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Police press to crack shooting cases

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Assistant City Editor

WATERLOO

The Waterloo Police Department is mounting simultaneous, coordinated investigations to crack two unsolved murder cases in the past six months that have left four people and a near-term unborn child dead, and an early Thursday shooting that left two men critically injured.

"We are looking at all leads, and all connections," Police Chief Thomas Jennings said. "There's a special investigation on each of these cases. We're looking at any and all avenues and all directions for any possible leads and possible clues…We have all our resources devoted to locating these people and holding them accountable for their actions."

A connection among the three incidents has neither been confirmed nor ruled out. "Any time you have incidents of violence like this, you always look at, is there a connection," Jennings said. "We are looking at all possible leads and all connections."

Police are investigating the Sept. 21 fatal shootings of Calvin Maurice Rash and Martavious "Tay" DeShaun Robinson as they left the home of an acquaintance at 408 Thompson Ave. They also are investigating the Jan. 3 slayings of Anthony Quinn and nine-month-pregnant Rhiannon Olsen of Cedar Falls at Quinn's Hartman Avenue home. Olsen's unborn child, a boy who was to be named Jalen, didn't survive.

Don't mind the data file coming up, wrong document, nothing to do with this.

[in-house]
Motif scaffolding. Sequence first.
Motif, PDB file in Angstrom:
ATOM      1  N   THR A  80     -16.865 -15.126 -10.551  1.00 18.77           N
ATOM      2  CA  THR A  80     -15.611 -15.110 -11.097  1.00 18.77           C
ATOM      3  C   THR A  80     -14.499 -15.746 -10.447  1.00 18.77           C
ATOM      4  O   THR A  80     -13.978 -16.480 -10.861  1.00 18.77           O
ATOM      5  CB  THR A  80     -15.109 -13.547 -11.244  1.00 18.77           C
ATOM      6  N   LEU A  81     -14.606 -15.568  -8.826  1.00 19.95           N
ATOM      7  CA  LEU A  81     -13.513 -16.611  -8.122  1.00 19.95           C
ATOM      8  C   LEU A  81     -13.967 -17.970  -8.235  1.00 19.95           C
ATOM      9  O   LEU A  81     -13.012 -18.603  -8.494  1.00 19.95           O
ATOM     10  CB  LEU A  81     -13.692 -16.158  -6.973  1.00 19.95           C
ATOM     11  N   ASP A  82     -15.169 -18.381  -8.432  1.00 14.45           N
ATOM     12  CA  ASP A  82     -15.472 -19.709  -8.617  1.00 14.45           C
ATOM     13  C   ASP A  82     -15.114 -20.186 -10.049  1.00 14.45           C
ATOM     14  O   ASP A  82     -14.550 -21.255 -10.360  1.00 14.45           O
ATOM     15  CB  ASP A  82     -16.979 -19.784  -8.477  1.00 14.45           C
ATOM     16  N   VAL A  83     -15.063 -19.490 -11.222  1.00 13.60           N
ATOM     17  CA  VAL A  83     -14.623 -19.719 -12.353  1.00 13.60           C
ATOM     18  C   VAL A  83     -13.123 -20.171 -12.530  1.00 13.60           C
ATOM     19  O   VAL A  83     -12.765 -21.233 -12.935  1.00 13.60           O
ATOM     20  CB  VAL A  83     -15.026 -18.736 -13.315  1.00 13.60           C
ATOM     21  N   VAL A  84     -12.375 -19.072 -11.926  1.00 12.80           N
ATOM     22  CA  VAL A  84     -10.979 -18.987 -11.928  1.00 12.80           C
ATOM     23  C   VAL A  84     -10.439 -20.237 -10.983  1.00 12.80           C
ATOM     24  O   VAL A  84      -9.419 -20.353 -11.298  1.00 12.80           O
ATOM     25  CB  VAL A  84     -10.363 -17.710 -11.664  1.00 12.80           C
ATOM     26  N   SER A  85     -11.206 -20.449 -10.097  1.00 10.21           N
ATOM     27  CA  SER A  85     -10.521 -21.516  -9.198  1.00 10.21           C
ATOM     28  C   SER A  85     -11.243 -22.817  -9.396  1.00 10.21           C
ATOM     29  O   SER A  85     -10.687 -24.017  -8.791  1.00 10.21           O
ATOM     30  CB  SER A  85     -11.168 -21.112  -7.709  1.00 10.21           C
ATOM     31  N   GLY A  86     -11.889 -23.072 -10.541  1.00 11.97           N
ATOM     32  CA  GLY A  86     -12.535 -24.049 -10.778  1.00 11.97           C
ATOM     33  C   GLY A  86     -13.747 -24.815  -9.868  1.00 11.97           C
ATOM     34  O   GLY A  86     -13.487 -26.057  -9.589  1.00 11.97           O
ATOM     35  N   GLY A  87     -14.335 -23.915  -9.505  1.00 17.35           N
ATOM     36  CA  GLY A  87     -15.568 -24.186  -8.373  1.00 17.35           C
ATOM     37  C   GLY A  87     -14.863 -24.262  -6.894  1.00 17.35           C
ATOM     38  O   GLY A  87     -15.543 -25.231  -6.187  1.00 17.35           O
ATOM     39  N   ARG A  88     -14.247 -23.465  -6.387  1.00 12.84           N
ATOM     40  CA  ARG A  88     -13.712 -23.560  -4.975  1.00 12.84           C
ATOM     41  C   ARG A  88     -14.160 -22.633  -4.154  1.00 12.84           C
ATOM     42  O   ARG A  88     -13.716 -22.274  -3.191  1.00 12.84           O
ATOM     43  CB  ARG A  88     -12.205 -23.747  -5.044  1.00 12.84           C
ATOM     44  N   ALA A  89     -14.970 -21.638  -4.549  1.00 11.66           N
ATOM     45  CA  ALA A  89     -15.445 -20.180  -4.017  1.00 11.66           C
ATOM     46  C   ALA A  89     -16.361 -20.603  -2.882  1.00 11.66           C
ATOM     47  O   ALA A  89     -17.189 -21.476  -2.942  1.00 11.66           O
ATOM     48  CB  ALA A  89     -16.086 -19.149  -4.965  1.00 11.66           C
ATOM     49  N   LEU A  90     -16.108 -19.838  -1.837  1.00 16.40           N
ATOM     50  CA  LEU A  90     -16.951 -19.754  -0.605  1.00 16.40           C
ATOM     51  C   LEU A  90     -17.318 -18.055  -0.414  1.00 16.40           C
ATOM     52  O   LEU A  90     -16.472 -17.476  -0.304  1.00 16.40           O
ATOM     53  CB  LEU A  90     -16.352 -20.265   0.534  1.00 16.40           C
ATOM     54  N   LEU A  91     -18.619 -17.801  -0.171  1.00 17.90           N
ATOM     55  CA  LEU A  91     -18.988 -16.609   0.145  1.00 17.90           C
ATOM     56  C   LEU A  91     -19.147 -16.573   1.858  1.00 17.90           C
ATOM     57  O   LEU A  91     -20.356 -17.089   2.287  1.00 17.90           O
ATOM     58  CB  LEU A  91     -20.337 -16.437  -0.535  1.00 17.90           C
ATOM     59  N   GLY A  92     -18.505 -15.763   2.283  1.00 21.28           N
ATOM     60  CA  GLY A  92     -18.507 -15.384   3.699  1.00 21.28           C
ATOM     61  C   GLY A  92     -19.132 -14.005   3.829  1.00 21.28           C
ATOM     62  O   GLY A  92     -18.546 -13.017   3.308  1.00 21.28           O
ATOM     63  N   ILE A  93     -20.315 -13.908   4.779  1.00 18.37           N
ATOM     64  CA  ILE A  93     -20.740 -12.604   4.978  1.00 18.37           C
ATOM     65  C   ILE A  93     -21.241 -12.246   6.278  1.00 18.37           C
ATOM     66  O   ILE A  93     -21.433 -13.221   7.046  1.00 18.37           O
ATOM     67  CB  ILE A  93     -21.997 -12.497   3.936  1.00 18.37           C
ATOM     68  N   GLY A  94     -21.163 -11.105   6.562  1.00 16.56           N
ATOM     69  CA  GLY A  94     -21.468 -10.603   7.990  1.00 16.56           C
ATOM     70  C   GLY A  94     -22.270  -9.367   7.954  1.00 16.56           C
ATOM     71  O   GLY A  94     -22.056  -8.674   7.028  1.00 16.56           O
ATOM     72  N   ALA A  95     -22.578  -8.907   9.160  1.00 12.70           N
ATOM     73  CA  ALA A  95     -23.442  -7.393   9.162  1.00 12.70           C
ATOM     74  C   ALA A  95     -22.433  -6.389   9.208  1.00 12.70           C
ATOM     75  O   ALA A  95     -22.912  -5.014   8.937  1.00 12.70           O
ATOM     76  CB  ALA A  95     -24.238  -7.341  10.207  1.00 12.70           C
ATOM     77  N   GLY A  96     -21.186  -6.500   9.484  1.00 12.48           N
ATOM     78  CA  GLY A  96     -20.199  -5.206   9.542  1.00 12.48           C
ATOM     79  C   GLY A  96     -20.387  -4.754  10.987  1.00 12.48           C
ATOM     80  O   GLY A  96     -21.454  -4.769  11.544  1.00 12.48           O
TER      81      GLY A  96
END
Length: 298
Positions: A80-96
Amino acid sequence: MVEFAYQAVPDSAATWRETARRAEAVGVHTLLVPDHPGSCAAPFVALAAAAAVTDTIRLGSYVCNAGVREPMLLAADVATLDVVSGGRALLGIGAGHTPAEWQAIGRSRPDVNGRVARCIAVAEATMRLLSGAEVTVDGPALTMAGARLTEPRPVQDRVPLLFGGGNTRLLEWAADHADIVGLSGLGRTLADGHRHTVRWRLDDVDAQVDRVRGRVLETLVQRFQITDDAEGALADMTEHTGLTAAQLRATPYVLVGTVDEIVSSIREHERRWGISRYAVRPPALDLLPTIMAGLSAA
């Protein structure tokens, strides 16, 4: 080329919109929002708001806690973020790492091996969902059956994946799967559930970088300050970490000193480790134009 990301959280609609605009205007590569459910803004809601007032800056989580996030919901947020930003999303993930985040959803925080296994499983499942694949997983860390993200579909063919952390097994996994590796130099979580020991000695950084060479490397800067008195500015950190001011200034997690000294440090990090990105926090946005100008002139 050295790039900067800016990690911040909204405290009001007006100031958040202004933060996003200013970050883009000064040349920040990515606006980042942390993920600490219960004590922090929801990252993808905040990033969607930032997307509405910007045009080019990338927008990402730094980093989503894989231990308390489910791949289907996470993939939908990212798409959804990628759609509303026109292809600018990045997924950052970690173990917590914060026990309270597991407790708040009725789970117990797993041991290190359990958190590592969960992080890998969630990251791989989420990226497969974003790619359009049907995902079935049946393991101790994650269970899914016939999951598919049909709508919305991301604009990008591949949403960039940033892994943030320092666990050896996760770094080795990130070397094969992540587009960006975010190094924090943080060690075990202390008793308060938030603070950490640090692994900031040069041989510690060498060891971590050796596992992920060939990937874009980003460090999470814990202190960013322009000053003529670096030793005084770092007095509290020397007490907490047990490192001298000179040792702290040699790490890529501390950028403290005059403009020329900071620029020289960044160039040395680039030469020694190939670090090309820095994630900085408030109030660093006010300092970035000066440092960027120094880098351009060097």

In early Thursday's incident, Samuel Lavar Landfair, 23, of 116 Harrison St., and Jimmie Junior Walker, 22, of 2723 E. Fourth St. each were shot several times in a night club parking lot at Edwards Street and old Logan Avenue. Both are in critical condition at Allen Hospital.

Though the circumstances surrounding at least two of the three incidents apparently include drugs or areas of apparent drug activity, Jennings indicated the incidents, while violent, do not necessarily signal an increase in overall drug activity in the community, or the need for an intensification of the extensive anti-drug efforts already in place.

"We've had 47 drug convictions in federal court in the past year. Any time you take one off the street there's another one to take their place," he said. "What we need to do is stay on track," and stay focused on the investigations at hand and anti-drug efforts already in place.

He noted that an officer was not only in the vicinity, and quickly responded, at the time the shootings at Logan and Edwards occurred, but that officer also transported one of the victims to the hospital.

The Police Department is utilizing neighborhood associations, its street crimes unit, the Tri-County Drug Task Force and criminalistics laboratories. "We're also working very closely with the Cedar Falls Police Department and the County Sheriff's Office," he said. Also, he said, "We're asking for the public's help in these instances."

Jennings stressed the incidents are not random. "These are acts being done against specific individuals," he said.

The chief also suggested the public should keep in mind that it takes deliberate, thorough police work to crack such cases and build sufficient evidence to ensure conviction of the responsible parties.

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